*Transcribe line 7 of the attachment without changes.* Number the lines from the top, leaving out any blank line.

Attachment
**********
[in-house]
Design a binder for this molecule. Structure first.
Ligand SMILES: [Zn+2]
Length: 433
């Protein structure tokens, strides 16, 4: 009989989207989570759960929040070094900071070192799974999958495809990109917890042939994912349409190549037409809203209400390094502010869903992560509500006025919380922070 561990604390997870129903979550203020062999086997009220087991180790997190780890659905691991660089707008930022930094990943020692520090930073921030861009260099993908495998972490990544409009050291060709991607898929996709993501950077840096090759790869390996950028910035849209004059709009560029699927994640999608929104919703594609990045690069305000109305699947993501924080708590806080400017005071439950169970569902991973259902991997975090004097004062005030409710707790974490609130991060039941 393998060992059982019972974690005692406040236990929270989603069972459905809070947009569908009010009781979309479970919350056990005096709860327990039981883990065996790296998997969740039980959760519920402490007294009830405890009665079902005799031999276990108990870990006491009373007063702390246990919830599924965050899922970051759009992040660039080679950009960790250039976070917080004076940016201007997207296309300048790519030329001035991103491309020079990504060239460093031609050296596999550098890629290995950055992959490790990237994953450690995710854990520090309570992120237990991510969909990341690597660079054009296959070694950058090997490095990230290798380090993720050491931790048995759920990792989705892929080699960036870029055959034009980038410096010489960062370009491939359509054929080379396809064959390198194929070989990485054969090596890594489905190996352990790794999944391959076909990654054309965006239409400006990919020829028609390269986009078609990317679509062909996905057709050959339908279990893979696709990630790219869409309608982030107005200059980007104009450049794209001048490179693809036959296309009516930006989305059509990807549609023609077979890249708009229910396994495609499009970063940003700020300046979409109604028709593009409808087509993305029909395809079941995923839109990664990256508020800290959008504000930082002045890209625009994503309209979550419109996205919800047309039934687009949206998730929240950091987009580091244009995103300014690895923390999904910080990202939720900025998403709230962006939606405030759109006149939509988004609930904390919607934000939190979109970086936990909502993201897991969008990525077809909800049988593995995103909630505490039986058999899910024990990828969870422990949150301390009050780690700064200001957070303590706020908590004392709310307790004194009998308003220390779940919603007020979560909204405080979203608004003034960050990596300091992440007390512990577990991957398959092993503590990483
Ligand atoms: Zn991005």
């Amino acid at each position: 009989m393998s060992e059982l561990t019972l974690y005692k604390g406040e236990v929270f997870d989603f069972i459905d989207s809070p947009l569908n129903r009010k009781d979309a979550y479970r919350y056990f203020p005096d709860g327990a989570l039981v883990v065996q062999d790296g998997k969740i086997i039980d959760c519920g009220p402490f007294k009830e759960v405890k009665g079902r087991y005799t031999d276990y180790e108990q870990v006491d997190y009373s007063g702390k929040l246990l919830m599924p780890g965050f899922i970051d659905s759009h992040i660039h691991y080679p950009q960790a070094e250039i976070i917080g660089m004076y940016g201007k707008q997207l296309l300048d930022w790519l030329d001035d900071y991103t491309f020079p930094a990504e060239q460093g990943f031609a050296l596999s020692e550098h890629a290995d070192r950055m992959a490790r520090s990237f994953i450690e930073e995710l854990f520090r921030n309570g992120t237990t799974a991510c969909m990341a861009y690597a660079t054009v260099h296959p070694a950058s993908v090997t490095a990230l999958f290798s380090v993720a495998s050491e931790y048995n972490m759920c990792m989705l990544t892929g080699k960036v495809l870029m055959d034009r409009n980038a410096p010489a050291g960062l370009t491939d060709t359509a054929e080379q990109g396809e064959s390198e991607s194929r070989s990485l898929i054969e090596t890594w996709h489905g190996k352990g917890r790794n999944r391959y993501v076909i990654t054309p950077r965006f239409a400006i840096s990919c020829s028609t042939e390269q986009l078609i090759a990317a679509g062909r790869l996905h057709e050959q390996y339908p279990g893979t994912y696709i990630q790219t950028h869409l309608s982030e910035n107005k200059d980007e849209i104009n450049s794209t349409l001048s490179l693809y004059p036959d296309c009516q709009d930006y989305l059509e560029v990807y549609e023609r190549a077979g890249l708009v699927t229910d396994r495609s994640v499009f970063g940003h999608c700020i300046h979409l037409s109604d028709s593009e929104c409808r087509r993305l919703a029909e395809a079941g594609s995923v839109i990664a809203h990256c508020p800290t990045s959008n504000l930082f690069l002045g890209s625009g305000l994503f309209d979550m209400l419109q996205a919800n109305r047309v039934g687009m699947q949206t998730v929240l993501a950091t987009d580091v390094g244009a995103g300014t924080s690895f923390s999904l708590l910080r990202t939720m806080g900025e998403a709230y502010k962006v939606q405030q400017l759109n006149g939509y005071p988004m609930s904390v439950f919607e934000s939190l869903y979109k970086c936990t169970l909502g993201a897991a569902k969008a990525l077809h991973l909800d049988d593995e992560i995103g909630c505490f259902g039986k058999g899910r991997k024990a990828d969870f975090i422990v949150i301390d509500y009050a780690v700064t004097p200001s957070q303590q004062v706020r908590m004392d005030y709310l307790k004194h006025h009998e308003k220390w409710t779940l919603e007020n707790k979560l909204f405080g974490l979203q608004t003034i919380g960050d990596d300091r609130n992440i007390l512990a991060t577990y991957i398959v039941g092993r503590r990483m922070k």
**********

């Amino acid at each position: 009989m393998s060992e059982l561990t019972l974690y005692k604390g406040e236990v929270f997870d989603f069972i459905d989207s809070p947009l569908n129903r009010k009781d979309a979550y479970r919350y056990f203020p005096d709860g327990a989570l039981v883990v065996q062999d790296g998997k969740i086997i039980d959760c519920g009220p402490f007294k009830e759960v405890k009665g079902r087991y005799t031999d276990y180790e108990q870990v006491d997190y009373s007063g702390k929040l246990l919830m599924p780890g965050f899922i970051d659905s759009h992040i660039h691991y080679p950009q960790a070094e250039i976070i917080g660089m004076y940016g201007k707008q997207l296309l300048d930022w790519l030329d001035d900071y991103t491309f020079p930094a990504e060239q460093g990943f031609a050296l596999s020692e550098h890629a290995d070192r950055m992959a490790r520090s990237f994953i450690e930073e995710l854990f520090r921030n309570g992120t237990t799974a991510c969909m990341a861009y690597a660079t054009v260099h296959p070694a950058s993908v090997t490095a990230l999958f290798s380090v993720a495998s050491e931790y048995n972490m759920c990792m989705l990544t892929g080699k960036v495809l870029m055959d034009r409009n980038a410096p010489a050291g960062l370009t491939d060709t359509a054929e080379q990109g396809e064959s390198e991607s194929r070989s990485l898929i054969e090596t890594w996709h489905g190996k352990g917890r790794n999944r391959y993501v076909i990654t054309p950077r965006f239409a400006i840096s990919c020829s028609t042939e390269q986009l078609i090759a990317a679509g062909r790869l996905h057709e050959q390996y339908p279990g893979t994912y696709i990630q790219t950028h869409l309608s982030e910035n107005k200059d980007e849209i104009n450049s794209t349409l001048s490179l693809y004059p036959d296309c009516q709009d930006y989305l059509e560029v990807y549609e023609r190549a077979g890249l708009v699927t229910d396994r495609s994640v499009f970063g940003h999608c700020i300046h979409l037409s109604d028709s593009e929104c409808r087509r993305l919703a029909e395809a079941g594609s995923v839109i990664a809203h990256c508020p800290t990045s959008n504000l930082f690069l002045g890209s625009g305000l994503f309209d979550m209400l419109q996205a919800n109305r047309v039934g687009m699947q949206t998730v929240l993501a950091t987009d580091v390094g244009a995103g300014t924080s690895f923390s999904l708590l910080r990202t939720m806080g900025e998403a709230y502010k962006v939606q405030q400017l759109n006149g939509y005071p988004m609930s904390v439950f919607e934000s939190l869903y979109k970086c936990t169970l909502g993201a897991a569902k969008a990525l077809h991973l909800d049988d593995e992560i995103g909630c505490f259902g039986k058999g899910r991997k024990a990828d969870f975090i422990v949150i301390d509500y009050a780690v700064t004097p200001s957070q303590q004062v706020r908590m004392d005030y709310l307790k004194h006025h009998e308003k220390w409710t779940l919603e007020n707790k979560l909204f405080g974490l979203q608004t003034i919380g960050d990596d300091r609130n992440i007390l512990a991060t577990y991957i398959v039941g092993r503590r990483m922070k």